My parents divorced when I was 15. I lived with my mom, and she was always really supportive. She was raising a mad teenager. When my parents divorced, I was mad. I was straight up mad. I didn’t know why; I just knew I was mad and need an outlet. So, I was making a lot of mad raps and mad ass things. She always supported me. I would come home wearing a 4XL [shirt], size 40 jeans and a big ass Raiders hat. She is supportive of me. If she can love her confused son like that, she earns the respect to be in any music video I drop.


You recently did an interview with where you complied a list of your favorite underated artists. Do you consider yourself underrated?

Of course. I consider myself underrated for sure. But I also am firm believer everybody deserves to fail. My time is this year. It wasn’t supposed to be last year, because I wasn’t ready. Now, I’m ready. Everybody has different cards. People have been telling me for a long time--people told me in 2015, “Why haven’t you blown up yet? You should be bigger than everybody.” But, I guess not. If I wanted to do that, I would do that.  I’m proud to say when it does happen for me, it’s gonna be the right time.


How would you characterize the difference between the Toronto and Vancouver rap scenes?

Vancouver is really laid back. They’re really great, just don’t have fully the infrastructure Toronto does. But, Toronto had everything really fast. Vancouver has got a lot to offer though--a lot of insane music. A lot of artists I think are gonna be really big. We just somebody to break down the door, and that’s what we’re trying to do.


You can follow SonReal here: 





Feeling Bloo

By Delaney Clifford

           Has the world ever deserved the perfect combination of Sam Smith, James Blake, and Ellie Goulding more than now? Well the time is nigh for the newly acclaimed artist Kacy Hill, who continues to drop jaws as she continues her powerful march onto Spotify playlists and tour after tour. With her release of “Bloo” in 2015, Hill didn’t gain much recognition right off the bat. In fact, most of her notoriety came from a controversial American Apparel advertisement, but what else is new for that brand, really. Apparently, being involved in that kind of controversy, being a backup dancer for the Yeezy tour, and making music that’s seriously ahead of the curve is a perfect storm to get Kanye West, Yeezus himself, to notice you and pick you up as his protégé. But enough about the background, we need to talk about this woman’s music. So, what’s so special about a woman with a pretty voice hopping on a track with a soft electric beat? There are plenty of other artists doing that, right? Wrong. Plenty of female artists are making music today (which is great!), but most of what I’ve been hearing isn’t breaking the mold. Everyone is following the work of the female greats: Beyoncé, Rihanna, etc., and there’s nothing wrong with that, but it’s just not… this.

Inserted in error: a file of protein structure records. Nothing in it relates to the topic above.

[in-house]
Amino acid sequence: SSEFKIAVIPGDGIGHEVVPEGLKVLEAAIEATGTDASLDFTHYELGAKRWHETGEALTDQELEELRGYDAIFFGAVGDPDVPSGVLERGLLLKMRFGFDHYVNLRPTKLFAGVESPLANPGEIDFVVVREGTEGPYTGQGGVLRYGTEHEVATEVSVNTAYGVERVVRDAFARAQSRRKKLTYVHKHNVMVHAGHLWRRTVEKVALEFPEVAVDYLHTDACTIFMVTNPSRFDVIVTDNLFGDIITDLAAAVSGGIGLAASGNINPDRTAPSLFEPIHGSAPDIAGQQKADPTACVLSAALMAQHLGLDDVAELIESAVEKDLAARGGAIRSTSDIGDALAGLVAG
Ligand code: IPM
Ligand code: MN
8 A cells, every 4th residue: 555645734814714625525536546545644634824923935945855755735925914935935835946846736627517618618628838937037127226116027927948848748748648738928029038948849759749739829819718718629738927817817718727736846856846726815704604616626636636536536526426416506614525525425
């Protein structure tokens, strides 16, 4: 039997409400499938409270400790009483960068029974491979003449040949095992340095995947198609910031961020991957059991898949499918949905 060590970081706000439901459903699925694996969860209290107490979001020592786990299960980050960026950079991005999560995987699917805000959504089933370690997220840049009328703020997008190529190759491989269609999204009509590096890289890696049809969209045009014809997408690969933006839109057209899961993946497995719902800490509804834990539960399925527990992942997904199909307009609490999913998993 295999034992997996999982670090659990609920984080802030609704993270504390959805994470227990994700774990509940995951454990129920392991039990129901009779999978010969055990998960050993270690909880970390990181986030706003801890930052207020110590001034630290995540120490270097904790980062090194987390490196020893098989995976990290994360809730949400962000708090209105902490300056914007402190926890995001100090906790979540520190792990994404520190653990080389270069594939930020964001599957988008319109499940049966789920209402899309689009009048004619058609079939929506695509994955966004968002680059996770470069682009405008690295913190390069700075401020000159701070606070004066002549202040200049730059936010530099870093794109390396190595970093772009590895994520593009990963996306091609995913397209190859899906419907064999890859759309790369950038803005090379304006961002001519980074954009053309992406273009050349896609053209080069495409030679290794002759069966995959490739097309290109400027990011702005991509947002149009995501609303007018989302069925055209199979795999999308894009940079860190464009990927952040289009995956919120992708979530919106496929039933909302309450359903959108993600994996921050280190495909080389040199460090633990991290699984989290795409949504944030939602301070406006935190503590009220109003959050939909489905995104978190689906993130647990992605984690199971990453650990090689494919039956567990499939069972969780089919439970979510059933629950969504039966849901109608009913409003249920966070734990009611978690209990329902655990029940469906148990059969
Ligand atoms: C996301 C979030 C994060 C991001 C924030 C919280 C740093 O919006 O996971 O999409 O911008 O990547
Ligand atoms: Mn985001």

I really can’t convey Hill’s work through words, so please do yourself a favor and go listen through her debut EP “Bloo” and feel that rush for yourself. But to give you an idea, just imagine the silky smooth style of Sam Smith combined with the ingenuity and creativity of James Blake, and the delicate, yet powerful voice of Ellie Goulding. Not to be redundant, but that’s exactly what you’re getting out of the three original songs that make up “Bloo,” and I don’t think I’ve ever fallen harder, faster for three songs in my entire life. Featuring the ever-eclectic mix of piano and electronic beat as well as a quick jolt of jazz infused piano, Hill creates a sound that clashes against itself, throwing clever lyricism in with soul-soothing vocals, forcing the listener to actually listen. At a first listen, Hill’s music may just want to make you jump on top of the nearest table and dance your ass off, and it’ll definitely make you want to do that with every listen after, but once you start really hearing the pain in her voice, the raw feeling behind her words and her music, listeners develop a connection with her, not just her music. Isn’t that the real point, anyway? Creating connections is what I take away most from music, and if an artist can make me feel for him/her, then I feel their music as well. Anyway, after that little emotional nirvana, Hill takes you right back into that big, comfy, cushy chair that you just keep sinking into the more you listen. This EP has it all; groove, punch, and shine, and it’s just waiting for you to pick it up.

           For all that can be said for Kacy Hill, she is still relatively unrecognized on a grand scale, a true crime and shame when such talent exists just beneath the surface of the Top 40. She’s doing something innovative and original within her targeted genre and audience, and I believe we’ll be hearing a lot more from her sooner than later. Keep your eyes and ears peeled for Miss Hill.

You can check out Kacy Hill on tour with Jack Garratt here.

You can also follow Kacy Hill on the following media outlets: